How team chat online is used to build trust and collaboration

How team chat online is used to build trust and collaboration

Keeping the ‘water cooler’ conversation alive through team chat online is an essential part of managing effective teams that work from home. But how do you do that?

One of the biggest impacts of COVID19 has been that people who were once working in the office are now working from home. As a result many people have lost that incidental “oh Bill, while I see you here in the lunchroom …” kind of conversation. This can have a large impact on the cohesion and communication of teams new to online ways of working.


These casual water cooler conversations are an essential part in the cohesion and collaboration of organisations and teams. These informal conversations are how people at work get to know each other, build trust and resolve issues. These are the conversations about sports tipping, lunchtime rugby, the annual curry competition or going out for Friday night drinks.

While it might be easy to discount these conversations as meaningless and pointless, the reality is they are not. All of which are essential to a high performing organisation. Without a place for people to have the “how are you going?” causal conversations, it becomes very difficult to build an effective team.

When you shift to working from home, you lose those physical spaces where these important but informal conversations would naturally occur. As a result, building trust in the team can be more difficult when working online. That is unless you have in place the right tools that support informal conversations.


Working online doesn’t not mean that working teams need to lose the capacity for informal conversations. It just means that you need to provide appropriate channels through which they may be conducted. It is essential to encourage people to use these tools and maintain informal connections throughout the team.

Message boards and video chat are essential tools in the modern online workplace. For organisations using the newly renamed Microsoft 365, Microsoft Teams offers an excellent selection of chat and video calling tools for just this purpose. Other online team chat options include WhatsApp and Slack.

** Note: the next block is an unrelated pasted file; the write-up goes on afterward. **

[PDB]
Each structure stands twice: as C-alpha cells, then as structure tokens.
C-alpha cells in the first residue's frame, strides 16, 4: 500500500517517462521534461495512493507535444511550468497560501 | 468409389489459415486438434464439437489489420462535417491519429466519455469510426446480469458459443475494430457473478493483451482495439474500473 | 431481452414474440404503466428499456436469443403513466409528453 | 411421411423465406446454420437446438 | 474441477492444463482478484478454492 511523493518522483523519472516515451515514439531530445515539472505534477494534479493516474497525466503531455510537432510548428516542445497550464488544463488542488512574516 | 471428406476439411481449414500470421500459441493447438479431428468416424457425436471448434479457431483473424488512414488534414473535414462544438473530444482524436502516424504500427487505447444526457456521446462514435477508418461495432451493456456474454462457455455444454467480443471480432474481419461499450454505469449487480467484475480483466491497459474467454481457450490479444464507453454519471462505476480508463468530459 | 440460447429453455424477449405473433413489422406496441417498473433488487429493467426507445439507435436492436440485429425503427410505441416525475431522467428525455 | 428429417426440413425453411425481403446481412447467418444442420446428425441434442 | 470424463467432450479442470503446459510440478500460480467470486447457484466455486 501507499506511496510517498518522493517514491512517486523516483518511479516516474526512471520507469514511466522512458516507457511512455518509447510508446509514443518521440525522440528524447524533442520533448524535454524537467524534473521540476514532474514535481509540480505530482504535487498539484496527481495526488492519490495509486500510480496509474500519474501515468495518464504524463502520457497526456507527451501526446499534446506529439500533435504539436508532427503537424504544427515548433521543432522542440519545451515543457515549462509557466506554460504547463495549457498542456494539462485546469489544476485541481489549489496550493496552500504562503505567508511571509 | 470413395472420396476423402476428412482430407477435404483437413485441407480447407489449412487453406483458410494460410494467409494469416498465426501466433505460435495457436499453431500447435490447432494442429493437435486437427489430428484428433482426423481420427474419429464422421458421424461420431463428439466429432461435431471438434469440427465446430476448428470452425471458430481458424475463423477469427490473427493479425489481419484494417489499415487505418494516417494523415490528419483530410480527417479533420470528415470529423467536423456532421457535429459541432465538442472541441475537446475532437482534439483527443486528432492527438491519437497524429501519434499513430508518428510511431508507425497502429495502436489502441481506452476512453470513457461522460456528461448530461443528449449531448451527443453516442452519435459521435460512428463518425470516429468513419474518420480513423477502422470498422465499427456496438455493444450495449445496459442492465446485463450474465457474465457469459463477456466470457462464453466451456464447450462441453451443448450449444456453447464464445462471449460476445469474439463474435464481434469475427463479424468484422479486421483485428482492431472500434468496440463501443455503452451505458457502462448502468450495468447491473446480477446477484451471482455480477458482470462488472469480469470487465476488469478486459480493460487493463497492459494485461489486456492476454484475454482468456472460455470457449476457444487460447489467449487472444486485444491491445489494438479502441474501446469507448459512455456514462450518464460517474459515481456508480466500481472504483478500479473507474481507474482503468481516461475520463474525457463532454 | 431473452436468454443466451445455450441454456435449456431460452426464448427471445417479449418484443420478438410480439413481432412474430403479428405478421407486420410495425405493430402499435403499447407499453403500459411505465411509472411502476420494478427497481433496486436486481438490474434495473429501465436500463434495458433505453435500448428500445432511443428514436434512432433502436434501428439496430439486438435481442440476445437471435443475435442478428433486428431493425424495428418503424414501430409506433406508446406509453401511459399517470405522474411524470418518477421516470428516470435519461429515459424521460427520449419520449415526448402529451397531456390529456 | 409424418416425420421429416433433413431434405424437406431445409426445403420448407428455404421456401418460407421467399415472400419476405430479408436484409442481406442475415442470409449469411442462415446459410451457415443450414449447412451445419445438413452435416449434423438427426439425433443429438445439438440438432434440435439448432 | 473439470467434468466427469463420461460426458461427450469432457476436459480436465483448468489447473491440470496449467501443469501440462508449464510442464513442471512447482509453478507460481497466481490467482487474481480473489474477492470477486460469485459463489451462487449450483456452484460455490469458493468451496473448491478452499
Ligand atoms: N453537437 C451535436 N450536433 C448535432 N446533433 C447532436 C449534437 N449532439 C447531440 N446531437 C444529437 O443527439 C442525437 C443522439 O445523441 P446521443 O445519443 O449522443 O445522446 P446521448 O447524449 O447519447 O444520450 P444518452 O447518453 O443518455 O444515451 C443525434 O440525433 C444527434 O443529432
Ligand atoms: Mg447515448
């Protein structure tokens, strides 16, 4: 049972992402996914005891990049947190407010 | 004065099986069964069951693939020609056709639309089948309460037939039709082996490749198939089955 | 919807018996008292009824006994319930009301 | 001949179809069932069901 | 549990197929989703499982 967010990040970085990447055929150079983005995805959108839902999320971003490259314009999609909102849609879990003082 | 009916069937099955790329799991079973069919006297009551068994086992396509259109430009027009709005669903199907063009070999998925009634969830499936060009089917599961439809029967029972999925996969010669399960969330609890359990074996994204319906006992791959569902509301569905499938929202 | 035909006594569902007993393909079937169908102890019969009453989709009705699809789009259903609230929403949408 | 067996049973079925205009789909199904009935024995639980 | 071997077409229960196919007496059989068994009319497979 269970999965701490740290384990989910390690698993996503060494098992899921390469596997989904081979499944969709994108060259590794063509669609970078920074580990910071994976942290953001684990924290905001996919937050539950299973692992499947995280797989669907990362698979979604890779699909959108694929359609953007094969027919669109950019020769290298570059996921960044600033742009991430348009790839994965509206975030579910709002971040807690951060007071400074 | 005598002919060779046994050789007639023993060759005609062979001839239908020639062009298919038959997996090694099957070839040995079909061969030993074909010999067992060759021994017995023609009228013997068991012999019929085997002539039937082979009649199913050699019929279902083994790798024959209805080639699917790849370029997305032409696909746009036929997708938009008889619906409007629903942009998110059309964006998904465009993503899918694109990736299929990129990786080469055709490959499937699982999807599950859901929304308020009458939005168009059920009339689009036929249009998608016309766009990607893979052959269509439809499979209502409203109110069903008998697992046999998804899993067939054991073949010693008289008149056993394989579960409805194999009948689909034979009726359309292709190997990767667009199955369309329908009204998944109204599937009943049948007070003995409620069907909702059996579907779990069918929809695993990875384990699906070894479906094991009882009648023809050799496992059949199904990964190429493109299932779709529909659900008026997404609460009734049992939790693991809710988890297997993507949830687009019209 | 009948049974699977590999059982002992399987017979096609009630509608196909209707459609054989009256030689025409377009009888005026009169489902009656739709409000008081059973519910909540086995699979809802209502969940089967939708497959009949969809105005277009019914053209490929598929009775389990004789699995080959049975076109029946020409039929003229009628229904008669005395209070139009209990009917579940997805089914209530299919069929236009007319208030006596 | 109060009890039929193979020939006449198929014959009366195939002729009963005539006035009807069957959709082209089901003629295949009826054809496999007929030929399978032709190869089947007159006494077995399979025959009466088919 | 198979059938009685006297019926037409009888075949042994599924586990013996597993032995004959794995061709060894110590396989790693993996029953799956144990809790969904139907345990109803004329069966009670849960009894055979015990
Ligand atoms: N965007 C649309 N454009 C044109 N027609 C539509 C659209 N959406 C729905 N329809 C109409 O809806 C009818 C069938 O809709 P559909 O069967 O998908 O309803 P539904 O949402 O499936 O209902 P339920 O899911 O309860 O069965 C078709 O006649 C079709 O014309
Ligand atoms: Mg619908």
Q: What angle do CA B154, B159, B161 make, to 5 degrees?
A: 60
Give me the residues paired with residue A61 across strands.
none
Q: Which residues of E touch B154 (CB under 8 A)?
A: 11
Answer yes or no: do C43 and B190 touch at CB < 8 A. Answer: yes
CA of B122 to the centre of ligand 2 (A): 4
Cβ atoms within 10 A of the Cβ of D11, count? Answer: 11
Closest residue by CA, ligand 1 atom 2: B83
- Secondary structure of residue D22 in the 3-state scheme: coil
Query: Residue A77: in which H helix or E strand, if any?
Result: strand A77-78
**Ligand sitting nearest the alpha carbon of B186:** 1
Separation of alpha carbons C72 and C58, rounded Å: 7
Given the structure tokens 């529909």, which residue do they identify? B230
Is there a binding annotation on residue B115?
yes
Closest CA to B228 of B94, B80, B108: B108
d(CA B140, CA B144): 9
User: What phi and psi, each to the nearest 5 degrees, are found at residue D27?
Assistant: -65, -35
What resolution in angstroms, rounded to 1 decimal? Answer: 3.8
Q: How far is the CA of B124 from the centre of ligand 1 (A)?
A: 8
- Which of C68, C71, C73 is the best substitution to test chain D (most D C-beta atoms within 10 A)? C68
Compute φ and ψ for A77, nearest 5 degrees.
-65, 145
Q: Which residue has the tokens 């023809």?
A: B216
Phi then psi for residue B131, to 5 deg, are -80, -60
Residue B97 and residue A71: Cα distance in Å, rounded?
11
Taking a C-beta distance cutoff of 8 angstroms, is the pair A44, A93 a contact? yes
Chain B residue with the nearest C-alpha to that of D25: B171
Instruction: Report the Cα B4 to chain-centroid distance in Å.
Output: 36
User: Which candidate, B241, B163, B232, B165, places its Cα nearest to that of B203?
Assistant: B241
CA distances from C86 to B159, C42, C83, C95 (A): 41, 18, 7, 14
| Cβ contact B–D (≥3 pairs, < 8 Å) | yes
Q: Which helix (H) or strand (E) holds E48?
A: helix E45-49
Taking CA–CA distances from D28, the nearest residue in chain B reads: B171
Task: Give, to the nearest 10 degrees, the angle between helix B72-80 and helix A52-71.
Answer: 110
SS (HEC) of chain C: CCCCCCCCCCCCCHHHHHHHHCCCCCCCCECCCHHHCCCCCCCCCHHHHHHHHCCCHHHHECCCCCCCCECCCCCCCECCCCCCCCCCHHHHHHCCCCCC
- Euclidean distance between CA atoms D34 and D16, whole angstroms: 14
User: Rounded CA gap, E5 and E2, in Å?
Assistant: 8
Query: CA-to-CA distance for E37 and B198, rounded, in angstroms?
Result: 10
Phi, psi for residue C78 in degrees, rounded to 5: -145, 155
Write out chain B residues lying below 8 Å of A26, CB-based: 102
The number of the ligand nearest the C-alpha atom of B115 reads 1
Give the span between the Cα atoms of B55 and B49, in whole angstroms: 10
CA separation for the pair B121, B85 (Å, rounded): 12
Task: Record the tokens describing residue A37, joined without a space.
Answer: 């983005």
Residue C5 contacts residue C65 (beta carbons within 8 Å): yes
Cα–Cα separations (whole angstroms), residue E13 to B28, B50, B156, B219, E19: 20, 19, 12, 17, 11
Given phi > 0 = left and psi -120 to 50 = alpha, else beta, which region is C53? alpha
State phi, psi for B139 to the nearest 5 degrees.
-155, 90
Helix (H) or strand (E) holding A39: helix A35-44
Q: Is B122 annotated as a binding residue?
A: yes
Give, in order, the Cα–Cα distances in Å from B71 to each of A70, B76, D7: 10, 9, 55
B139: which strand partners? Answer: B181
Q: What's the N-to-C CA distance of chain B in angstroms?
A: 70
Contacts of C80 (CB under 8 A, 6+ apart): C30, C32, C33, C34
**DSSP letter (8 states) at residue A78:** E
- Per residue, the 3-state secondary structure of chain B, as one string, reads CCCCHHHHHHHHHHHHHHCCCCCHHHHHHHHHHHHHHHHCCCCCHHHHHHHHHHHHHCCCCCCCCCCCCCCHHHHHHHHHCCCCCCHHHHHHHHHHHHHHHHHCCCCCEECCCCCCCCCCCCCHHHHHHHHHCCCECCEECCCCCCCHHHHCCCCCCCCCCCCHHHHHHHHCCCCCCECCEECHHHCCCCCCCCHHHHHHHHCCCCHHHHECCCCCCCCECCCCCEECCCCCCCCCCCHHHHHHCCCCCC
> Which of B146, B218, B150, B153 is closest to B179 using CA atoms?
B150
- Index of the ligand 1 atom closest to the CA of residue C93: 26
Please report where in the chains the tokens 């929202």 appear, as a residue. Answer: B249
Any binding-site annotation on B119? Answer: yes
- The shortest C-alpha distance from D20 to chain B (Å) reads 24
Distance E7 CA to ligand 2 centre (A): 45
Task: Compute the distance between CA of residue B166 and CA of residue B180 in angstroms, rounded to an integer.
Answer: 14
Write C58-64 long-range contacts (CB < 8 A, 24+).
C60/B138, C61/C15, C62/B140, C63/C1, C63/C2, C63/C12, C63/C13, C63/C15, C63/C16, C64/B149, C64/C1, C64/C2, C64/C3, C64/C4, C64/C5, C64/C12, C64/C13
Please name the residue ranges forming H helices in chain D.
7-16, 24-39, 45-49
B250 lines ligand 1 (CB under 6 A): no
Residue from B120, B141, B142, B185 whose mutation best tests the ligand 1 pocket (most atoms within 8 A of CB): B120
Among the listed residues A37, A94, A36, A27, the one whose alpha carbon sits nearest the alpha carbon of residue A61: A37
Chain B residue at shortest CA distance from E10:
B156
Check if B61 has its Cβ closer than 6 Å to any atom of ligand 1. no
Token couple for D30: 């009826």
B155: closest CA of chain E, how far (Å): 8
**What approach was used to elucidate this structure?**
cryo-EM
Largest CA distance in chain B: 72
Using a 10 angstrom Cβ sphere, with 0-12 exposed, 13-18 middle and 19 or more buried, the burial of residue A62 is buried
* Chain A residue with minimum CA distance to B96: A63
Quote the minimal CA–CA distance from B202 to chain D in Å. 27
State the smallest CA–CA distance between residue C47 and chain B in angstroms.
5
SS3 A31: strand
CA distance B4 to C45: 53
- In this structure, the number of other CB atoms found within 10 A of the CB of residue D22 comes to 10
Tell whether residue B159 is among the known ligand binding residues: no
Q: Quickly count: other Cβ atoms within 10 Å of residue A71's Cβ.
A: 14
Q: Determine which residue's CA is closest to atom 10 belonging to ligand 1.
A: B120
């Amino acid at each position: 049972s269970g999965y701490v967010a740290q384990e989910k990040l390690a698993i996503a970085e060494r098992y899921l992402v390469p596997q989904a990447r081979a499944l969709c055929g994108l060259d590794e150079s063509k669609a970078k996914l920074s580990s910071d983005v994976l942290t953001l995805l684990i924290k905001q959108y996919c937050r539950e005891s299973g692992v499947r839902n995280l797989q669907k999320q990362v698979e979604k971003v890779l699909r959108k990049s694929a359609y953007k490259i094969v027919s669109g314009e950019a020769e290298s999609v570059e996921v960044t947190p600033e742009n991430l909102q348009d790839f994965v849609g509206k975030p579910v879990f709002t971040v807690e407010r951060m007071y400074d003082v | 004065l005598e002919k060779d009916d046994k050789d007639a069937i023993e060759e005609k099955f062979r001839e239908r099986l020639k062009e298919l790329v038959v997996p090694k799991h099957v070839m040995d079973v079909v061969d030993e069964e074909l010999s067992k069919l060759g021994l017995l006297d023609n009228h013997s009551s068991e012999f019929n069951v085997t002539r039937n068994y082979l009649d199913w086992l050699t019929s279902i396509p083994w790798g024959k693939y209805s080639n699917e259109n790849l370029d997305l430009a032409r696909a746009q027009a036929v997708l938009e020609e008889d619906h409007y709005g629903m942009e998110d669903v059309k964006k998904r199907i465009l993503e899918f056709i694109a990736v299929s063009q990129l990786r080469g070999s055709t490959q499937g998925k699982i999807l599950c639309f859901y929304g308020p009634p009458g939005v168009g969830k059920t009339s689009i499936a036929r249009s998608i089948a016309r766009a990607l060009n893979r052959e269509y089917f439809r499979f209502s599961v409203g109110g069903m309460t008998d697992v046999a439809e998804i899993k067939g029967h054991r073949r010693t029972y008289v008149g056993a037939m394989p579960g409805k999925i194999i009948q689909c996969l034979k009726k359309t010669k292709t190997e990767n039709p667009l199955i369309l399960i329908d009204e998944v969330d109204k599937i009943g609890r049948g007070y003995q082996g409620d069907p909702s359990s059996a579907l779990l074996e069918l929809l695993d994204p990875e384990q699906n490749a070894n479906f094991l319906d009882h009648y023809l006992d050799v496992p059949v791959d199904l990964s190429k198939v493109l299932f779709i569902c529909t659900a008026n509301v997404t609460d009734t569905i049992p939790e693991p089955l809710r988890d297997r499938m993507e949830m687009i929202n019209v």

These tools enable informal conversations among the members of an online team. This makes them essential component for the success of all teams who work online.


Trust is created when people can converse and share ideas. It means having the freedom to push boundaries and challenge ideas. It means being about to have conversations about how people are feeling about the work and the people involved. This only happens in an environment where people feel confident that they are not being watched.

As an employer you do not own or have right to know about every conversation that your employees undertake. Nor should you want to, as this achieves nothing but undermines trust within your teams and organisations.

In a digital workplace, it is essential to provide online team chat channels for informal and throw away conversations. At work as in life, privacy of conversation between people is an essential part of building trust and performance This means allowing your team to use online team chat software in ways that are not maintained as permanent records and where individuals can delete conversations and messages as they see fit.


When you begin working online the convenience of physical location is lost.  This greatly reduces the opportunity for incidental conversation between team members. The digital alternative to the water cooler or lunch room is for these important team building conversations need to occur across online team chat tools. Providing your staff with access to these channels and active encouragement to use them, will help you to restore the trust and collaboration within your team no matter where they are.

For more tips about working online, download our free ebook: 10 Lessons about business software that will save your time and money

Carl Sudholz is the founder at AGContext and specialist in the integration of information technology within organisations. He holds two degrees, is a certified Business Analyst and a Director of the Australia Chapter of the International Institute of Business Analysis. Carl’s expertise and experience spans 15 years serving public, private and non-for-profit organisations to take control over technology.